Being a complete car – despite the extensive rust – this will be restored to some level, a great driving classic rolling piece of art. So many of these in considerably worse condition are restored every year, at a price of course, but it doesn’t have to be a concourse example to drive and enjoy, and enjoy you will when you finally hit that starter button.

  4. Charles

    This is not a coupe but a 2+2 with the rear seat folded down, Being a Series 2 2+2, it is an “entry level” E-Type. An E-Type owner would pass it up, unless he saw a cache of needed parts there.

    • Chris

      I don’t believe this to be a 2+2. Take a look at the doors compared to a 2+2. In addition the roof line slopes differently between the FHC and the 2+2. As said it will take a bit of work (and a lot of money) to get this one right again whether you do your own work or not. Still great cars (get rid of those Stromberg carbs).

      • Bill McCoskey

        You are correct, this is a 2 person vehicle. Not only is the 2+2’s roof line higher in the back seat area, but the wheelbase is longer.

    • Mike

      The first serial number for the FHC LHD in 1969 was 1R25601. As a comparison the SN for the First 2+2 was 1R40799. **

      The serial number for this car was 1R25610

      ** Reference -Factory original Jaguar E-type ( Jaguar Heritage book)

  5. Tracy

    You’ll spend 130k to have a 80k car

    • Arthur

      130K to have an 80K car? You’d be better off turning this Jaguar into a restomod.

  6. kdancy

    I restored a 70 that was in better shape then this one. Look to spend a lot of money if restored correctly. You’ll have way more money in itvthen market value after you finish.

  7. Andrew Davenhall

    Why are E-Jags SO much more expensive than comparable Mustangs.. Are they superior in both performance and art?

    • Rex Kahrs Member

      Andrew, I see your point in comparing the domestic car to the foreign car. But comparing the Mustang to the XKE is like comparing Joan Rivers to Sofia Vergara.

  8. Peter

    To much for me to undertake, would be better if I started one with less work,
    but still looking for the reasonable priced one.

  9. Pat Gill

    The real problem with most restorations are all the parts that look OK when first viewed don’t look good enough to refit after the body is repaired and resprayed, a car like this is best restored to daily driver rather than 100%.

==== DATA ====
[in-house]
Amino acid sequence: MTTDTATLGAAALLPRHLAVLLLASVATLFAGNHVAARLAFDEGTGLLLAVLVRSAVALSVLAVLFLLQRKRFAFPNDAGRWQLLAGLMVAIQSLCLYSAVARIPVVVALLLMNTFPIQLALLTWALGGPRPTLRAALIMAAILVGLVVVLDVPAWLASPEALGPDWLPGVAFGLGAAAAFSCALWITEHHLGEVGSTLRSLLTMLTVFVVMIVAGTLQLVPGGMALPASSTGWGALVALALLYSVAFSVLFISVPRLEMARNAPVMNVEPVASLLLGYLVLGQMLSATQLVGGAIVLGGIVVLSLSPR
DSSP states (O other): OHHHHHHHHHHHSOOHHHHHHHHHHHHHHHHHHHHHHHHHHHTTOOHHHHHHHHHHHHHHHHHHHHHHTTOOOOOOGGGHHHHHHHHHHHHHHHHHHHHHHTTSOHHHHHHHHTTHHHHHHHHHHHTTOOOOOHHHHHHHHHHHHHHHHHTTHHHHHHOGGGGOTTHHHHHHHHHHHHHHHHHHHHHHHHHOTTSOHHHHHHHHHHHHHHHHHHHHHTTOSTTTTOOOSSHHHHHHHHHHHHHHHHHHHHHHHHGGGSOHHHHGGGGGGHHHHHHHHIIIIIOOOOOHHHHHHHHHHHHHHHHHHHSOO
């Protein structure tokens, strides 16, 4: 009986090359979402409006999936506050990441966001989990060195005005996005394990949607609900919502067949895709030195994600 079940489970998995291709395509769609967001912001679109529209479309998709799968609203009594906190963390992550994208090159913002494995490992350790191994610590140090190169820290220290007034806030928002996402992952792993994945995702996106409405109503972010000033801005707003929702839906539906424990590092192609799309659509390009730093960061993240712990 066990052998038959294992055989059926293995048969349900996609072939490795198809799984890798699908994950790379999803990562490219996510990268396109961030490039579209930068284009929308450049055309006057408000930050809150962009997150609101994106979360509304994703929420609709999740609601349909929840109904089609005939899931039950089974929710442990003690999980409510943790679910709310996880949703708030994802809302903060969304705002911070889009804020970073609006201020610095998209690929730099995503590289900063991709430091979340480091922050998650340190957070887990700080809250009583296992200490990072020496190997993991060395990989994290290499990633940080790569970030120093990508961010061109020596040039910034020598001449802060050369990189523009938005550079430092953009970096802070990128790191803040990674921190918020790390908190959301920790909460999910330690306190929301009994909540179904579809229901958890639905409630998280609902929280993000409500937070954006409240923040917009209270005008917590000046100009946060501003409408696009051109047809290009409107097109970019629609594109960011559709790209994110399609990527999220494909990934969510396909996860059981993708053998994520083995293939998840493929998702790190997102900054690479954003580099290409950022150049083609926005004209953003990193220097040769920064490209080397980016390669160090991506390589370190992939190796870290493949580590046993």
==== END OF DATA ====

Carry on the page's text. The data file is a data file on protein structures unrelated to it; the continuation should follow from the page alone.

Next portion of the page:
10. Rex Kahrs Member

    I personally prefer the 2+2. I like the extra length and I like the roof line. Weird, eh?

  11. Rex Kahrs Member

    What’s not to like?

  12. Pat Gill

    The engine and electrics are not big problems with Jags, provided you understand them, with this car RUST and bright work are the main problems and a restomod will not be a great cost saver there, doing it as a daily driver for future improvement would be a big cost saver,

  13. Ward William

    I don’t know if hey allow links here but I would buy a brand new shell from somebody like this guy, Martin Robey, and then rebuild the engine and do a full transplant to a new shell. You would have an excellent car. That current body-shell is a money pit.

  14. PRA4SNW PRA4SNW Member

    SOLD for $16,300.

  15. Roy L.

    I would be more interested in the hot tub in the picture.

  16. Laurence

    I own a ’69 OTS (Open Two Seater). My advice is: buy the best E Type you can afford, as it will be cheaper in the long run. These are very rewarding sports cars to own, but don’t treat them or consider them utilitarian. If you know how to do most of the work yourself and are familiar with parts prices and suppliers, then go ahead and buy a “basket case” if you know what you are doing. Otherwise buy a decent one at a realistic price, and have a classic Jaguar shop with competent and reasonable mechanics service it. These cars are wonderful to own but need to be serviced per the owner’s manual. Just putting in gasoline and expecting them to run ad infinitum is a recipe for trouble.